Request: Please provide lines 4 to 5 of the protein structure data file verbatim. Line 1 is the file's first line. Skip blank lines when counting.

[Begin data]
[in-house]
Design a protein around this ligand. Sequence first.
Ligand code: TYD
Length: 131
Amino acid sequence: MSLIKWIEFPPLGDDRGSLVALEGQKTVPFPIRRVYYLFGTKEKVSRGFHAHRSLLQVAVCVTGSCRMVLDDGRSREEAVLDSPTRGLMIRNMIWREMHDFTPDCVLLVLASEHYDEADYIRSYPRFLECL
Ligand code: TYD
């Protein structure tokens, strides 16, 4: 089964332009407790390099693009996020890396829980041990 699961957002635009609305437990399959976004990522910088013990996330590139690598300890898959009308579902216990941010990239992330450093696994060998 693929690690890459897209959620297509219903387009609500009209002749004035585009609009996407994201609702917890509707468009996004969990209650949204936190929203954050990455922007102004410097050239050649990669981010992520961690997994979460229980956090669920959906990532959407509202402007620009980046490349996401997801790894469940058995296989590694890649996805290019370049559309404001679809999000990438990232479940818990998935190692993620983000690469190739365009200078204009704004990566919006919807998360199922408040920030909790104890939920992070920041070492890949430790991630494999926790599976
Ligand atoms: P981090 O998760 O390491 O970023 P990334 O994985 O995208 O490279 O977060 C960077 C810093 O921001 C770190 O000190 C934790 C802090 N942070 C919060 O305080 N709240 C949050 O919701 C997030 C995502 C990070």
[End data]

Length: 131
Amino acid sequence: MSLIKWIEFPPLGDDRGSLVALEGQKTVPFPIRRVYYLFGTKEKVSRGFHAHRSLLQVAVCVTGSCRMVLDDGRSREEAVLDSPTRGLMIRNMIWREMHDFTPDCVLLVLASEHYDEADYIRSYPRFLECL